Built in the 15th century by Rana Kumbha, this mountain fortress is, together with Jodhpur's Mehrangarh Fort, one of the most impressive sights Rajasthan has to offer. Take one look at the impenetrable walls (said to be the second largest man-made object visible from space),that snake for 36km (22 miles) along 13 mountain peaks, and you know that this is one of the most inaccessible fortifications ever built by humans. It was in fact only captured once, when the Mughal emperor Akbar had its water supply poisoned. This is also where the infant Udai Singh, who was spirited here by his nanny while Chittaurgarh was being sacked, spent his formative years. The wall, the second longest in the world, culminates in a fairy-tale fort within which lie the Palace of Rana Kumbha and Badal Mahal (or Palace of Clouds, so named because it literally is in the clouds during the monsoon months). The fort is situated deep within Kumbhalgarh Wildlife Sanctuary, and the drive there -- through tiny villages and pastoral countryside -- is one of the great highlights of a trip to Rajasthan and a great contrast to the crowded cities. Kumbhalgarh is considered the most important fort after Chittaurgarh, but its relative accessibility and the charm of the drive make this the preferable option. That said, while the sheer size and initial spectacle of the fort stays with you, be warned that the climb to the palaces is steep and stiff, and the buildings themselves are pretty lifeless (there's hardly anything left to suggest anything of the life and times of the people who once occupied these lofty chambers). The real reward for your physical exertion will be the unforgettable views of the surrounding valleys -- let your imagination soar and you may just be able to hear the sounds of war.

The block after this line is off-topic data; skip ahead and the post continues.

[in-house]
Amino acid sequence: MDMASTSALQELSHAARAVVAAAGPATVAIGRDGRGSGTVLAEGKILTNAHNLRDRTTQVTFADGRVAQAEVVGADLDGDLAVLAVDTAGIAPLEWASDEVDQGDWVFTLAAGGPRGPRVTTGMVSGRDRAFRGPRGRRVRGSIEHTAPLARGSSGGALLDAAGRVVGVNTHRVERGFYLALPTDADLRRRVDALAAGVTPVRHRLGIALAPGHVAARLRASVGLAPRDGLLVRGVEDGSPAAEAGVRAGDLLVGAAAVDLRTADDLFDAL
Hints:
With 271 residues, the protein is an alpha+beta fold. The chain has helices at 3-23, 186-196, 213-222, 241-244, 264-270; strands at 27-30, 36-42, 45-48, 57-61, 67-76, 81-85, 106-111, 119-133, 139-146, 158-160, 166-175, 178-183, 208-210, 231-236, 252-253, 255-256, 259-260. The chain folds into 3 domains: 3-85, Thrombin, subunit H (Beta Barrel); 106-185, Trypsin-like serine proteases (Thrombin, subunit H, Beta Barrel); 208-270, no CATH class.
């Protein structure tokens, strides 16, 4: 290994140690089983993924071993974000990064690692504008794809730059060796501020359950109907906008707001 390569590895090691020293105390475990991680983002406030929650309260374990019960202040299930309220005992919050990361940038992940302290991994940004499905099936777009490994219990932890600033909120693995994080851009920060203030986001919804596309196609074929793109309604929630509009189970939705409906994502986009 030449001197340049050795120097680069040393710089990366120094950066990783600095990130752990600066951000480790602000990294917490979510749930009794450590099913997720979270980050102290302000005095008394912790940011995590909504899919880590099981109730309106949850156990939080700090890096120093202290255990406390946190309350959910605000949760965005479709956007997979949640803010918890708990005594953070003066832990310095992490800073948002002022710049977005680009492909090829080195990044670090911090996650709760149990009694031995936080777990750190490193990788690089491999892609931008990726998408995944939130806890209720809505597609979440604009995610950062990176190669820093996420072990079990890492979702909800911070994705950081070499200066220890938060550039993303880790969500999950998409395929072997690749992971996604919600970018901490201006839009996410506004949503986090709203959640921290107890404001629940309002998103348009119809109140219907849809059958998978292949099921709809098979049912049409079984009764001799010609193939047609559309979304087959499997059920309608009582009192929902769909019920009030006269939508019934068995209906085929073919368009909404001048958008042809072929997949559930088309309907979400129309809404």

To have adequate time to explore the fort, or to take in Eklingji on the return journey, it's worth overnighting near the fort. The closest and best choice is the charming Aodhi Hotel, a former royal hunting lodge now owned by the Udaipur king's hotel chain HRH (tel. 02954/24-2341 through -2346; www.hrhindia.com; Rs 6,000 deluxe double, Rs 8,000 deluxe suite). Built of the local packed granite stone and rock, it mimics a hillside fortress, complete with cannons and crenellated walls and elevated thatched towers high up in the tree canopy where you can dine by candlelight. Accommodations are spacious and reasonably neat (each with A/C, TV, and big, thick, comfortable new beds) and overlook a large blue pool and a pretty alfresco dining area. Room nos. 4, 5, 10, 11, and 23 enjoy good views, but you'll no doubt find yourself sharing the hotel with groups during the winter season. Even if you don't stay here, consider stopping for a meal (the Indian food is excellent) and a special drink at the bar -- ask for a glass of kesar kastari, a unique heritage liqueur made with saffron and 20 other herbal ingredients. Note: There is now an evening sound-and-light show at the fort; it starts at 7pm, which means you almost have to be a guest at Aodhi if you want to see it.